59 Ledbury Road, London
Le Chocolat Alain Ducasse - King's Cross
Coal Drops Yard - a recent, major development in King's Cross - is home to a great many shopping delights. And happily for the chocolate-obsessed, it has paved the way for Londoners to sample Parisian masterchef Alain Ducasse's wares, without having to book a table at his Michelin starred restaurant at The Dorchester.
Crafted in a workshop in Paris, Ducasse's chocolates are singularly refined - so head here for ancient recipes and rich, chocolate mastery.
15 Bagley Walk Arches, Coal Drops Yard, King's Cross
Artisan du Chocolat - Kensington
Despite its French name, Artisan du Chocolat is British through and through.
Its founder, Gerard Coleman, trained first as a pastry chef in Dublin, London and New York, and then as a chocolatier in Belgium, before opening his first store.
His CV includes creating tobacco chocolates for The Fat Duck, and liquid salted caramels for Gordon Ramsay. The exquisite South Sea Pearls of dark ganache and Tahiti Pearls of smooth hazelnut praline are hugely worth a try.
246 High Street Kensington
Dark Sugars - Brick Lane
Something very different from your average shiny-countered, prettily displayed chocolatier. This chocolate shop gets back to chocolate's wonderful, dark, messy roots.
Piles of truffle blocks sit in organic, natural wood bowls on an otherwise barebones counter. Chocolate powder lingers in the air. The choice is fudgey and rich and includes everything from covered mango slices through to popping candy.
141 Brick Lane, London
Pierre Hermé - Monmouth Street
Pierre Hermé brings a little slice of Paris to London with his exquisite chocolateries in Belgravia and Covent Garden.
Famed for his dark, passion fruit Venezuelan macaroons, he certainly likes to experiment with flavours like the intriguing dark chocolate with olive oil and black olives.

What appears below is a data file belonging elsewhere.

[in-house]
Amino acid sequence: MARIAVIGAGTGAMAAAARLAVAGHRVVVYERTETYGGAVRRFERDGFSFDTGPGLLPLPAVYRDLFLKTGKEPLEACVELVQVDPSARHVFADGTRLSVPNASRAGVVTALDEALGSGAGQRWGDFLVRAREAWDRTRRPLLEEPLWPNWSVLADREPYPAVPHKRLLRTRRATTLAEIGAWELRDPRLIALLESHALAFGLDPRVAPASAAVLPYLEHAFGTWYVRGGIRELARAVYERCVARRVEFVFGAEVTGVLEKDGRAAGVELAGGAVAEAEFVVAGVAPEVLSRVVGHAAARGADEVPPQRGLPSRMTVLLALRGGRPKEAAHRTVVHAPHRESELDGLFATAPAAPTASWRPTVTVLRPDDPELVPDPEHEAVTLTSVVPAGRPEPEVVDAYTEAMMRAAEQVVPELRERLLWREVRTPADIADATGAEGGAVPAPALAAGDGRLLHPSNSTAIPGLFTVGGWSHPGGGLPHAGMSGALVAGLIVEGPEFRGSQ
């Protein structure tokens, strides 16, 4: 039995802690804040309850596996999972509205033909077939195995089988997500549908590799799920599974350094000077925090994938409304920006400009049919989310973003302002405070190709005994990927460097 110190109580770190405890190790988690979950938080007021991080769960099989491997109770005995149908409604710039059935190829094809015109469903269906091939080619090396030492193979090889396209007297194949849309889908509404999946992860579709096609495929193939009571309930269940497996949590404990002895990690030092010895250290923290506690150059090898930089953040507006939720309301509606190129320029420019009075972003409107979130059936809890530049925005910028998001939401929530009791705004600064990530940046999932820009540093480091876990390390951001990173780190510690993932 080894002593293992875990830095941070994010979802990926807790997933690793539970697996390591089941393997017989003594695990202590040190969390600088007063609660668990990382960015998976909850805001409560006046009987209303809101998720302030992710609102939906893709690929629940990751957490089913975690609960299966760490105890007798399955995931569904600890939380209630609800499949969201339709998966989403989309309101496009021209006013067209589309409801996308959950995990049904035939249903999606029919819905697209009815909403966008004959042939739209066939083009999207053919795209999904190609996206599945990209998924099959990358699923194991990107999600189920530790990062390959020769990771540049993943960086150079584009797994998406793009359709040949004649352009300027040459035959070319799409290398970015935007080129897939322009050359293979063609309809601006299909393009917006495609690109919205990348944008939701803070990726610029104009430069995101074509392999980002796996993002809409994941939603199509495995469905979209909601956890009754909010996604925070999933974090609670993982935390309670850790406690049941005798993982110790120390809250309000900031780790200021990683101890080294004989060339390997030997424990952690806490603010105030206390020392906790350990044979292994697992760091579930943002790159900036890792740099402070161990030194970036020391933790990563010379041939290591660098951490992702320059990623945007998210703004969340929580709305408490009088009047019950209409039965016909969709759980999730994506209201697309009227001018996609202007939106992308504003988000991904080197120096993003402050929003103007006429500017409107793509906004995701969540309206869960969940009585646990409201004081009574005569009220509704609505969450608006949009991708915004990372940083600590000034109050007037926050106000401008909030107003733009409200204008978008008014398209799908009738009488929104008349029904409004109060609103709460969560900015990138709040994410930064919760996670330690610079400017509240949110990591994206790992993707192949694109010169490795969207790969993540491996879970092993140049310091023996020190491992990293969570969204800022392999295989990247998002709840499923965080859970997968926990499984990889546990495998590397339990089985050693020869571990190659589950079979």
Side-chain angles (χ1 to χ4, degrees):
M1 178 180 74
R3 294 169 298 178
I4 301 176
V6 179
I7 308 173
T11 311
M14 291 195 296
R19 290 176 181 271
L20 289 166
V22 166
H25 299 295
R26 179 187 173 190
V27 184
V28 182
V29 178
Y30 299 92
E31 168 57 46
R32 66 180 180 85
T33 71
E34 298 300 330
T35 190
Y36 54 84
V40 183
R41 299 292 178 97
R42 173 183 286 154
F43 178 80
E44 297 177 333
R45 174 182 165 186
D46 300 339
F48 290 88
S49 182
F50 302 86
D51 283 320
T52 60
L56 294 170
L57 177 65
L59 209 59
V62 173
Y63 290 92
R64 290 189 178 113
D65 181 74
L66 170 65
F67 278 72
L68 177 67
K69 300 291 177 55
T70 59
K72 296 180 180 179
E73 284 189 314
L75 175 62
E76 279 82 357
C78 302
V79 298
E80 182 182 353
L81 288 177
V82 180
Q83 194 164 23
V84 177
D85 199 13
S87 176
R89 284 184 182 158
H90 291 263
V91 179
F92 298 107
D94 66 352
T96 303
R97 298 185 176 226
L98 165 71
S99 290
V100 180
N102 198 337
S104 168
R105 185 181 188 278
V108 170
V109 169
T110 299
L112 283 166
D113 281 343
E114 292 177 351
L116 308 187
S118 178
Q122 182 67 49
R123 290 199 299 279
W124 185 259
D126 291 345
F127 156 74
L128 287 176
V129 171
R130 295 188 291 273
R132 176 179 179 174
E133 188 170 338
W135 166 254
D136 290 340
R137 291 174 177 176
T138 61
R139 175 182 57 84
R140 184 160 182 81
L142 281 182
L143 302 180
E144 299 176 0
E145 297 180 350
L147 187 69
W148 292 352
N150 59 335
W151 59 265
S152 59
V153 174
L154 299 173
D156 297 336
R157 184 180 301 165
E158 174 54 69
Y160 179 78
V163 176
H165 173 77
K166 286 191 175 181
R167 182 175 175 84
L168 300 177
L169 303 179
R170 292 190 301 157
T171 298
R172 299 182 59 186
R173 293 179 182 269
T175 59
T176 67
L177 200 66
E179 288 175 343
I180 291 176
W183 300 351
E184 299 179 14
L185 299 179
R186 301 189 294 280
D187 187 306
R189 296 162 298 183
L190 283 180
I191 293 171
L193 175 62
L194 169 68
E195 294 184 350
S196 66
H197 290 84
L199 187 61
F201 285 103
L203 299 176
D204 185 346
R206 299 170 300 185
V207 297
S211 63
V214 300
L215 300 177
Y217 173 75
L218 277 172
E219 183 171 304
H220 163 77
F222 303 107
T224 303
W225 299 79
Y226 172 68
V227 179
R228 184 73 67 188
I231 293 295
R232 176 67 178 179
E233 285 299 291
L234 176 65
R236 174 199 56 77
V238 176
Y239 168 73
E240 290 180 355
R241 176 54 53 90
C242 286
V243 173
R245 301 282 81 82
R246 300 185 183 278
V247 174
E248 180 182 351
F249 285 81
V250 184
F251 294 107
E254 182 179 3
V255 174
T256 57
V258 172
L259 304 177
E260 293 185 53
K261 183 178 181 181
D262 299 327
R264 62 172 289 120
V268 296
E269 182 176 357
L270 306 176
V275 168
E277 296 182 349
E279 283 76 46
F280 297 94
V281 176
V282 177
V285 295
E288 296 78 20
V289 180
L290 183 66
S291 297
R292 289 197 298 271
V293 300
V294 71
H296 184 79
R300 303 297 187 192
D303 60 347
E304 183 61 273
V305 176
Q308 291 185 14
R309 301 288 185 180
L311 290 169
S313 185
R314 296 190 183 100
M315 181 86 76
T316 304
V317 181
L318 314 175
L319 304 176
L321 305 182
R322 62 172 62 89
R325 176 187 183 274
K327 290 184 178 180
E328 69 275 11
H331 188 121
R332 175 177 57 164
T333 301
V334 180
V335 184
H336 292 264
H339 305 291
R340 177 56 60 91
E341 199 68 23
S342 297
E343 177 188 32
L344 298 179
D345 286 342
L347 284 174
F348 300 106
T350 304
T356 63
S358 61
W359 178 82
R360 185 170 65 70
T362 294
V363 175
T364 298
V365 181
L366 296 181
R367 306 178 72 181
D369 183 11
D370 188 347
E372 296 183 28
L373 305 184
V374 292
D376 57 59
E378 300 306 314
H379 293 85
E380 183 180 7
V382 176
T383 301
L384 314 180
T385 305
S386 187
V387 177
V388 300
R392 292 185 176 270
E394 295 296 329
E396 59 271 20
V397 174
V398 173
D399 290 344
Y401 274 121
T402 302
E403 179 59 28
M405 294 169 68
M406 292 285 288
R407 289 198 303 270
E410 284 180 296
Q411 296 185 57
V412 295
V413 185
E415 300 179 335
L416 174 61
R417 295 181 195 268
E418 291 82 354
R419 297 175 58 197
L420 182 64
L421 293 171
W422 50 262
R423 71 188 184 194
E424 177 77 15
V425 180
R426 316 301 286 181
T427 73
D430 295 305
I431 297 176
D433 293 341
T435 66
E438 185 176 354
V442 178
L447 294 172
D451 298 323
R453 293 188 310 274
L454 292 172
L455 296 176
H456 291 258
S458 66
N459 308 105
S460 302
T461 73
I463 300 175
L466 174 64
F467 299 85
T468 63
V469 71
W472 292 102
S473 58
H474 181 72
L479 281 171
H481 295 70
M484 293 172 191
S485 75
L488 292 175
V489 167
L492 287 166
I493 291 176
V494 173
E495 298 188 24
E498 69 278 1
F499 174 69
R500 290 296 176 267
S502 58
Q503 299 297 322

The chocolate alone will win you brownie points but for a really special gift, go for the The Syrine Box of macaroons, filled with 24 macaroons of their iconic flavours: rose, raspberry and lychee.
38 Monmouth St, London
Pierre Marcolini - Marleybone
Not just an expert chocolatier, Pierre Marcolini was recently named 2020's Best Pastry Chef in the World, so surely that makes his stores worth a visit alone. Italian-Belgian Marcolini is something of a personality and a fashion darling too. He has collaborated on chocolate collections with some very impressive talent, including Victoria Beckham, Saint Laurent and Tom Dixon.
37 Marylebone High Street
SAID dal 1923
If Willy Wonka was Italian, he would dream up this little chocolate coffee shop in the heart of Soho.
It is the sister cafe of the oldest chocolate factory in Rome, and everything is made, laced, covered and filled with chocolate, from chocolate spreads, to the chocolate-made spoons and shot cups.
It feels like you have stepped into some bubbling laboratory of chocolatey creations.
Instead of regimented displays, you see jars packed with chocolate-coated cocoa beans, steaming cauldrons of molten chocolate, which, when poured, slide thickly down the sides of your mug.
The walls are even decorated with vintage metal chocolate moulds. We are guessing you get the picture - it is ALL about the chocolate here.
41 Broadwick St, London